These should keep a week in the fridge and will continue to improve in flavour. However, It’s difficult to know for sure as ours were gone well before then. πŸ˜€

A lot of the ingredients came from the garden and it’s possible to make it even more homemade if you want to. For example you could have a go at making your own ricotta. There are a number of sites that show how to make ricotta including this one by a mate of mine http://www.littlegreencheese.com/search/label/Ricotta

But it doesn’t matter if the ingredients are home grown or shop bought, it’s such a simple and delicious recipe and only take minutes to prepare, why not give it a go.


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Nov 05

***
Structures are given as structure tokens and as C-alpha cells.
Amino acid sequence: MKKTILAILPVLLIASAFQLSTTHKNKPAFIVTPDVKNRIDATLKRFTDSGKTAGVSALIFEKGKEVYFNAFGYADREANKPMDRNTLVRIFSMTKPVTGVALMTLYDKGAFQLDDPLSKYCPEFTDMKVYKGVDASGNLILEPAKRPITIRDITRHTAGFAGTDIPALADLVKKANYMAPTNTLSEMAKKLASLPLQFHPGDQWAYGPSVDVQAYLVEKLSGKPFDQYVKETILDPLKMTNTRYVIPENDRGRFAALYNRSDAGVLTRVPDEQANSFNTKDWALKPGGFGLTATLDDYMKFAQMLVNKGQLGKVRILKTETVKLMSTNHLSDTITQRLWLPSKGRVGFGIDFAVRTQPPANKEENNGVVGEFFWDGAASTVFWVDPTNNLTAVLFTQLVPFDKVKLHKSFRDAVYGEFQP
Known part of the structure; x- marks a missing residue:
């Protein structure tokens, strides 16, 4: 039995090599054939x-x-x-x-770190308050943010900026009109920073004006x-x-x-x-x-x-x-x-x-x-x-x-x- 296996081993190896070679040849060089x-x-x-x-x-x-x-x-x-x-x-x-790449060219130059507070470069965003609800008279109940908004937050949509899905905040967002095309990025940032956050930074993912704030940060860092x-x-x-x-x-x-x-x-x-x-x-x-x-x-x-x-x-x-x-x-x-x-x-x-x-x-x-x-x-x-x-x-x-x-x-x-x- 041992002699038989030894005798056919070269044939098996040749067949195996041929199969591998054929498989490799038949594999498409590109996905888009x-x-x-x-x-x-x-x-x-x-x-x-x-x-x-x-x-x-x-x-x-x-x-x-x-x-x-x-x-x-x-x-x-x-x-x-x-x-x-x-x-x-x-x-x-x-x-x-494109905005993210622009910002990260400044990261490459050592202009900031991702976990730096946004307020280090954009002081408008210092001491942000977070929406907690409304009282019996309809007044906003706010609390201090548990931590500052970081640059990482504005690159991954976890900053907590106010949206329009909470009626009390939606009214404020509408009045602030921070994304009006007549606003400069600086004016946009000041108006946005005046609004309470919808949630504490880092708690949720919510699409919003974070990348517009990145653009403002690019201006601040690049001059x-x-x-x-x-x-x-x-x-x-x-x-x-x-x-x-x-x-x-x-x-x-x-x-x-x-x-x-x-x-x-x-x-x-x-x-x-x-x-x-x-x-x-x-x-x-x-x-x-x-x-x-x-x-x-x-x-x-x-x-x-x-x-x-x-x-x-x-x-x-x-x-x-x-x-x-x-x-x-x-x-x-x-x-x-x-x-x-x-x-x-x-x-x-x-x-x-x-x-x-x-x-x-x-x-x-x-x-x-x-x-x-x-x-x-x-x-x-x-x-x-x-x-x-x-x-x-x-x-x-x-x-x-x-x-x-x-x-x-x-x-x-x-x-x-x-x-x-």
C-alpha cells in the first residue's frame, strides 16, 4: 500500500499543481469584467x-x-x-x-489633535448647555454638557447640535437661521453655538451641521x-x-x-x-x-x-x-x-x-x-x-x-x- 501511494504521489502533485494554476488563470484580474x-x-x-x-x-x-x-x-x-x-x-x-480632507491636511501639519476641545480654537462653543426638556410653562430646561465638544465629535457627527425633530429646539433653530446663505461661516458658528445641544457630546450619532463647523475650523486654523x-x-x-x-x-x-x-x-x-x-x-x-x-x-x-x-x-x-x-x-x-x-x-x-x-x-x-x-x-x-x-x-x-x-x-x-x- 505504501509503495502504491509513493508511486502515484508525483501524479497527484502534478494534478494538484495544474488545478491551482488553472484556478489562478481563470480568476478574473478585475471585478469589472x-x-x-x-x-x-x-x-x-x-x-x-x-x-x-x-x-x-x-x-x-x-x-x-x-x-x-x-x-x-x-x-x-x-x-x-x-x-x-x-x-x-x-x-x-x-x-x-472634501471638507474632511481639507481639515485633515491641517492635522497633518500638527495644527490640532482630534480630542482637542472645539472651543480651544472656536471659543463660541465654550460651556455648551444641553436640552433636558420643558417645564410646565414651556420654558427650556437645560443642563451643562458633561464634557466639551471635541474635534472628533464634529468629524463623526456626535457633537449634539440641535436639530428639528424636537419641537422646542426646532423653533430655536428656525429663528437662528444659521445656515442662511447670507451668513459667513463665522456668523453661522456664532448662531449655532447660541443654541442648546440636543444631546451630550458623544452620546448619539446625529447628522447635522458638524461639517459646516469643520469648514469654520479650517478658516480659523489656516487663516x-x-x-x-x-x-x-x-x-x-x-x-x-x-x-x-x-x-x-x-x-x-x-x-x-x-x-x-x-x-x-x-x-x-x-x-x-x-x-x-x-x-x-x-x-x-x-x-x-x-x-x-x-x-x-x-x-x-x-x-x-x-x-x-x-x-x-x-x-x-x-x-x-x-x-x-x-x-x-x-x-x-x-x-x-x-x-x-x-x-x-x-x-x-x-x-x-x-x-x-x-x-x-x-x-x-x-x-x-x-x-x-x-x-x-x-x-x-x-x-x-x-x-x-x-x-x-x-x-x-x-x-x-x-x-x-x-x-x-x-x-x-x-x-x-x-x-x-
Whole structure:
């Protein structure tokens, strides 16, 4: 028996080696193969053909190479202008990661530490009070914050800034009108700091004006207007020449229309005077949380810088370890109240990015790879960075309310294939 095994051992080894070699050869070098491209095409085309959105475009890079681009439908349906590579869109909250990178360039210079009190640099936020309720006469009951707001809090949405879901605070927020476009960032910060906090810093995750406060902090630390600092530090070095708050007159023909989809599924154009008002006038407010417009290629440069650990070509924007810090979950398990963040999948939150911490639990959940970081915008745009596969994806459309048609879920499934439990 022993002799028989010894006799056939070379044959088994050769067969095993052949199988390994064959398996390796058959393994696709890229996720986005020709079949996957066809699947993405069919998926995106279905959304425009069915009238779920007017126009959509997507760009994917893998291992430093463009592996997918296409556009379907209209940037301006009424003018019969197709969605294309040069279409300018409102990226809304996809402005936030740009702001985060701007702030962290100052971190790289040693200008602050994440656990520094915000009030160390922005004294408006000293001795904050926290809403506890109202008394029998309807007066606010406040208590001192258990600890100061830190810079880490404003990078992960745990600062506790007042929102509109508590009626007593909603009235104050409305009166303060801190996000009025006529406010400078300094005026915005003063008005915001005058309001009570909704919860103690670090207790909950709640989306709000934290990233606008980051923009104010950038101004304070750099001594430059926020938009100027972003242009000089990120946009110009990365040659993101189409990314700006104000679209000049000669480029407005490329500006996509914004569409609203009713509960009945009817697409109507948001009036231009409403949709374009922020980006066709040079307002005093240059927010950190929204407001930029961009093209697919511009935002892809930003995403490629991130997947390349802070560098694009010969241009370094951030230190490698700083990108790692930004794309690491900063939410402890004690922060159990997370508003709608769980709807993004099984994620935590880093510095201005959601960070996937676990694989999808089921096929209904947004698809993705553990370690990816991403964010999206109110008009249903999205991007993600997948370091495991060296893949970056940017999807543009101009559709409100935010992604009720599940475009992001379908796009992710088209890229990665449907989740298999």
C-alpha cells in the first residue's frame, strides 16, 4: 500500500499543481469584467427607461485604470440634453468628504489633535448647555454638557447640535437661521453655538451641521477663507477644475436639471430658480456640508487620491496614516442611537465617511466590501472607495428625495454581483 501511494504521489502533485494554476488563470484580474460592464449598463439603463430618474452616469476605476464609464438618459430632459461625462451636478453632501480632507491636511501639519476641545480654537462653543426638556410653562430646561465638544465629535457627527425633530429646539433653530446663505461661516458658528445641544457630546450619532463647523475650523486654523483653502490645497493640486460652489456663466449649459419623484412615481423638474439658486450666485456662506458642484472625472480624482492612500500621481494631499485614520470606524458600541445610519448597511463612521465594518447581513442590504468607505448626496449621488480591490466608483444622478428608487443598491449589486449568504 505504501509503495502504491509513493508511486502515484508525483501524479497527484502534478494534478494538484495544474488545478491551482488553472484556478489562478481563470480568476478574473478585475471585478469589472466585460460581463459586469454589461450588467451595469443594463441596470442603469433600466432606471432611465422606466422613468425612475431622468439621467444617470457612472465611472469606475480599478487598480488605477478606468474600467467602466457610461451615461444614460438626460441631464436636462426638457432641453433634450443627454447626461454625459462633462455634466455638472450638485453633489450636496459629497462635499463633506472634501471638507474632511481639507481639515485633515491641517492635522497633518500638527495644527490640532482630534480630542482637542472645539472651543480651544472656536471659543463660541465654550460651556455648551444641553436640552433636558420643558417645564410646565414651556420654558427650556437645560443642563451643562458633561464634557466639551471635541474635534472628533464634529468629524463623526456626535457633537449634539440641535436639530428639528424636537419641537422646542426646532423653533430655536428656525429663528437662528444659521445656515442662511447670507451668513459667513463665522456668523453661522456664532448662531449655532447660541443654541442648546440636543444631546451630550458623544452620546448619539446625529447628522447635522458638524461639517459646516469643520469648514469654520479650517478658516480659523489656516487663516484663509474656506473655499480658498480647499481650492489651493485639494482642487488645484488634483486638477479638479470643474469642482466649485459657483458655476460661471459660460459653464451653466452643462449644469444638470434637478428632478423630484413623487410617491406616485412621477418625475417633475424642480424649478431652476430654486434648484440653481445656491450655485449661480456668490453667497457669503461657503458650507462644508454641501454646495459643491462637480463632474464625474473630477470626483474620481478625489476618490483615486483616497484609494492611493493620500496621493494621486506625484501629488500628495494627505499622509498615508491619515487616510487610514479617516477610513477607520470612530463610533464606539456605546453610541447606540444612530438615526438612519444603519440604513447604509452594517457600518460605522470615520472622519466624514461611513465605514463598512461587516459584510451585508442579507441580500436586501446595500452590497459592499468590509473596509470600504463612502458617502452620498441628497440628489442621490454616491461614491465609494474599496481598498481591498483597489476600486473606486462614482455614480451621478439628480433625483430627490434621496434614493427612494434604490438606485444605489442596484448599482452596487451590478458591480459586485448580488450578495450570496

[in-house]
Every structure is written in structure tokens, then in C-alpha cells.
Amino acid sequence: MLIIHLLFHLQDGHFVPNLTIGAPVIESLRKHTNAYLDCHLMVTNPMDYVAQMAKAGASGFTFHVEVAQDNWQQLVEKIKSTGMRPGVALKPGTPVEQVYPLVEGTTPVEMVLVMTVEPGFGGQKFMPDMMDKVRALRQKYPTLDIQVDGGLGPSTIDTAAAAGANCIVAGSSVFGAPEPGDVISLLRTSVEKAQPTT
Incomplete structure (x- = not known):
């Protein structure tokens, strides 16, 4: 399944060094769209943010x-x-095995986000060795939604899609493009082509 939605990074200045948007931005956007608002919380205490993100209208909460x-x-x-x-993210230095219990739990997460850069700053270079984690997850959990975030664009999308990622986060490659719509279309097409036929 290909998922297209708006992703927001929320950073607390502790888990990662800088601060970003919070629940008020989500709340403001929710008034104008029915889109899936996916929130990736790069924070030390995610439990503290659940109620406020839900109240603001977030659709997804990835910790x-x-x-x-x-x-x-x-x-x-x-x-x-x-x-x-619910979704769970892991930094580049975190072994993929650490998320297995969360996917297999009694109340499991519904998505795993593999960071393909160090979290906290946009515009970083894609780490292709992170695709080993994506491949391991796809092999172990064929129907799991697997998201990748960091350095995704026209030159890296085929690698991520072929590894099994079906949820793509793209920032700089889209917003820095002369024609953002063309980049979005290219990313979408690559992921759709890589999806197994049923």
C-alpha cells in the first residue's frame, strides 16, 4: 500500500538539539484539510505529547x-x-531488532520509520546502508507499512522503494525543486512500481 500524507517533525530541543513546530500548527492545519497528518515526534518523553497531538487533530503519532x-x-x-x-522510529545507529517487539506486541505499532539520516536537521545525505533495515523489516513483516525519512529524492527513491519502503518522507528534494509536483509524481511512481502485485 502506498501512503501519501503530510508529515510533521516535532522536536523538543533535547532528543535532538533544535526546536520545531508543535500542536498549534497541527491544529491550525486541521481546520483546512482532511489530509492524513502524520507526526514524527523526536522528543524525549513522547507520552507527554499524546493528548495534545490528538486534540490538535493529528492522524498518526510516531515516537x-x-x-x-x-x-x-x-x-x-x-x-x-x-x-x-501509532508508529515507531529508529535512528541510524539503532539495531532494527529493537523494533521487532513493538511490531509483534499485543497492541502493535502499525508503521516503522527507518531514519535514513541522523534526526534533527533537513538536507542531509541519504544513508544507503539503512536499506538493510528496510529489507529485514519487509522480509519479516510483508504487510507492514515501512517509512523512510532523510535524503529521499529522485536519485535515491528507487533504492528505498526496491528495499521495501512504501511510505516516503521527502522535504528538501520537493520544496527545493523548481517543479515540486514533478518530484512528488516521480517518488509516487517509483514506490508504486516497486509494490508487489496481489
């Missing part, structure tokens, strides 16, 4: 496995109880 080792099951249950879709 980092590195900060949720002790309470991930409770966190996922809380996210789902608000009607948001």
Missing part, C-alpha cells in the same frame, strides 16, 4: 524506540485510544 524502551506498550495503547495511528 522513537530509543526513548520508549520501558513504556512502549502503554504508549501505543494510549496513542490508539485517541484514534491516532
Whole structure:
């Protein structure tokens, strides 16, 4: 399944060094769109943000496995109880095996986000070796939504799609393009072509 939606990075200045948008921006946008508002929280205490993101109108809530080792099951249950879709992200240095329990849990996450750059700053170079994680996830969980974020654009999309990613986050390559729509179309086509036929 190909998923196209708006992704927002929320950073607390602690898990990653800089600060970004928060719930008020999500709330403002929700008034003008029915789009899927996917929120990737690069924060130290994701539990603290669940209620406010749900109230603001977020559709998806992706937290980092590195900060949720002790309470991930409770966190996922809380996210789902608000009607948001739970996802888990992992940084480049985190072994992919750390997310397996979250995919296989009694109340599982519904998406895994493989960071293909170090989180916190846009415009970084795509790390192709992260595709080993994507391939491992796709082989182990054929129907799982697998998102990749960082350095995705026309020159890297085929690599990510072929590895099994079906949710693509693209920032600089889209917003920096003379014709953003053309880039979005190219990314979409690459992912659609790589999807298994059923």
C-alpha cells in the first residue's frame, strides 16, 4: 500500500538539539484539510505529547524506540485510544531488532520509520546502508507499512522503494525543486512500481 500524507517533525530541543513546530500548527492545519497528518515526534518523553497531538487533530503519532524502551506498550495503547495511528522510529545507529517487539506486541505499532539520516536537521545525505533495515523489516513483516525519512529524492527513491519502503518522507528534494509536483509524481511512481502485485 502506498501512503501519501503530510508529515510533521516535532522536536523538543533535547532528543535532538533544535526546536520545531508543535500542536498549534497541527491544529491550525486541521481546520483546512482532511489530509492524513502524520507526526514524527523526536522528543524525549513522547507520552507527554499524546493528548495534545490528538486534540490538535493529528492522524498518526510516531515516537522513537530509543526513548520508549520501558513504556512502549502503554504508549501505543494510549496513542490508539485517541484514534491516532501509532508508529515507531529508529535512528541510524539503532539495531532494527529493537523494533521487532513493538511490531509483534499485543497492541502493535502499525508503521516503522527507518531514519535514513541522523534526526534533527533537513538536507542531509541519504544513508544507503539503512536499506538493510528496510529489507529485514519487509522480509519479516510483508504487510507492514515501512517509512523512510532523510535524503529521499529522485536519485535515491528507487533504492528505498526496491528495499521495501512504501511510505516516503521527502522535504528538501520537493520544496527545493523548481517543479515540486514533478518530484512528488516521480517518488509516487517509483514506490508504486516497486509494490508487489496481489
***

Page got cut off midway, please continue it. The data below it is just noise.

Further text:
A Taste of Honey

Well, after all the madness with the Swarms over the last few weeks it was a relief to settle down and extract some honey this weekend. I collected four swarms and apparently missed two more over the last five weeks and managed to sell one to a friend of a friend. That leaves me with five to manage which is more than I had planned but it is still do-able. If it seems to be too much effort I can always combine a couple to reduce the total number.

Using a friend’s two frame extractor I extracted 14kg from 9 frames, I was expecting a bit more but quite a few frames were not yet full or had brood in them. But that’s OK I wasn’t after a huge yield and I’m not currently using queen excluders.

I like to get a hive done in one hit and then return the extracted frames (stickies) to the hive for cleanup and refilling. It also helps me to keep the frames in the same hive as much as possible to minimise the spread of disease. Because I only have a few hives to manage it’s pretty easy. With a lot more hives I imagine it would be more difficult to keep track of the frames and hives.

Of course, while doing all this, I have been listening to a lot of honey related music including this old favourite.